A teacher who is teaching outside his or her licensure is subject to a fine and disciplinary action. Example: A high school English teacher must hold a secondary license and a journalism endorsement to teach journalism. It is the principal’s responsibility to assign teachers to meet the needs of the school. After being unsuccessful in hiring a fully licensed and endorsed teacher, a school district may apply for a Class B (2-year conditional) license as evidence that a teacher is working to complete an endorsement. Effective September, 2005, the penalty for failure to have the appropriate license is an additional fee of $25 per month, up to a maximum of $150. If the applicant does not have a valid Iowa license, the penalty is $100 per month, up to a maximum of $500. This late payment penalty is not new policy, it is an extension oft he existing penalty to cover all forms of professional license.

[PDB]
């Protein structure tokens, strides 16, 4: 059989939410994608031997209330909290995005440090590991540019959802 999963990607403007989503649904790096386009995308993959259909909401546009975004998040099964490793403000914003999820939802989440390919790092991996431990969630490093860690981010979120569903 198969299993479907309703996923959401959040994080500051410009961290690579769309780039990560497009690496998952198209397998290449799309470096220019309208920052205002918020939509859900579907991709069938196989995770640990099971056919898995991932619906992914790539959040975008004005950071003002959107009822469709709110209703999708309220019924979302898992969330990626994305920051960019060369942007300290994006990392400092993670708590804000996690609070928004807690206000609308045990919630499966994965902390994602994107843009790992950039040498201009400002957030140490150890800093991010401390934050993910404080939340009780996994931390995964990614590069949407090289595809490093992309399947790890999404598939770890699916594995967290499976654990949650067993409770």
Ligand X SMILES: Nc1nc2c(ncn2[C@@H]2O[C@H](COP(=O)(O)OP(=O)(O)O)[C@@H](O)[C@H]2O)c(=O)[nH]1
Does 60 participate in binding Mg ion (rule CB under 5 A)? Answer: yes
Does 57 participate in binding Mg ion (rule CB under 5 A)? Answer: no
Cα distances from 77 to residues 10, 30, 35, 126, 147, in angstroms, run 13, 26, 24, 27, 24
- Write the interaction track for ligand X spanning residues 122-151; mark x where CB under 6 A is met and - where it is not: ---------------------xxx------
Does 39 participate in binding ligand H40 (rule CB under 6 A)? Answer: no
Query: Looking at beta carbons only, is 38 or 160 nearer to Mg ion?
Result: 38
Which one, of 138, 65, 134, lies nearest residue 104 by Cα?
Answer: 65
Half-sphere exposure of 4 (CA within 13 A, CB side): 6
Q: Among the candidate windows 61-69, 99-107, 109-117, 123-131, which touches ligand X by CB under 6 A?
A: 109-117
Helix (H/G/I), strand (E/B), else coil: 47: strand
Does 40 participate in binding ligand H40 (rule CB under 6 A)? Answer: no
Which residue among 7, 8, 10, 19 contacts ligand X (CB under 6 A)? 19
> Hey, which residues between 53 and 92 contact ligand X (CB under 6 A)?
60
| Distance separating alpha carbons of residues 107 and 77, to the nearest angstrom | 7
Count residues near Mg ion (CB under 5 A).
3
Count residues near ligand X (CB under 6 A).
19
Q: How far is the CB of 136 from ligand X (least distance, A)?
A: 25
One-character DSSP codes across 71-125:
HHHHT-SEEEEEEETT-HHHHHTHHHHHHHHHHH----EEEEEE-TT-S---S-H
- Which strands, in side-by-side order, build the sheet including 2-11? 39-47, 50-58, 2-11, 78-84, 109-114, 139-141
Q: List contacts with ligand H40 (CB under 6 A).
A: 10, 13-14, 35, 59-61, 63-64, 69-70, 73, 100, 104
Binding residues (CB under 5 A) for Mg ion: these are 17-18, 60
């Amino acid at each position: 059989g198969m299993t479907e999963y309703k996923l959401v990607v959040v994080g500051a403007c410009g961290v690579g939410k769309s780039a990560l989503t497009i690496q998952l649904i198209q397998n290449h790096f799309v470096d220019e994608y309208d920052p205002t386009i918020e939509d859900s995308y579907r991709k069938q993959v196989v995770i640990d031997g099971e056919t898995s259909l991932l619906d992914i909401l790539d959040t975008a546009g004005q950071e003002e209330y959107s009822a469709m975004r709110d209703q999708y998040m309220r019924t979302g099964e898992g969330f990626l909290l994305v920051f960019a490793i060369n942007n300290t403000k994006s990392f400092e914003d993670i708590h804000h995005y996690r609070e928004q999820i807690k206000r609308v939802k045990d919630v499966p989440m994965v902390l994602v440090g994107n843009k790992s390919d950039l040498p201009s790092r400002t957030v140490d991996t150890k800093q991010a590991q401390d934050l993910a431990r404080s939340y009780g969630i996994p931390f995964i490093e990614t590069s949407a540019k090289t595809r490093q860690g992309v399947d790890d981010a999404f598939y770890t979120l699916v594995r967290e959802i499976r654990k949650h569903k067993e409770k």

16 Right to Refuse Assignments
Depending upon a school’s needs, a teacher may be asked to seek a conditional license by completing additional coursework. Example: A chemistry teacher may be asked to complete a coursework for a biology endorsement. In applying for positions, teachers can contact their institutes of higher education or BOEE consultants with requests to evaluate their transcripts for possible eligibility for conditional licenses. It is a violation for an administrator to assign a teacher to an area for which they are not endorsed (IAC Chapter 25.3, Standard VI: Delegating tasks to unqualified personnel). Contact the staff at the BOEE for assistance and clarification.

17 Right to Use Professional Judgment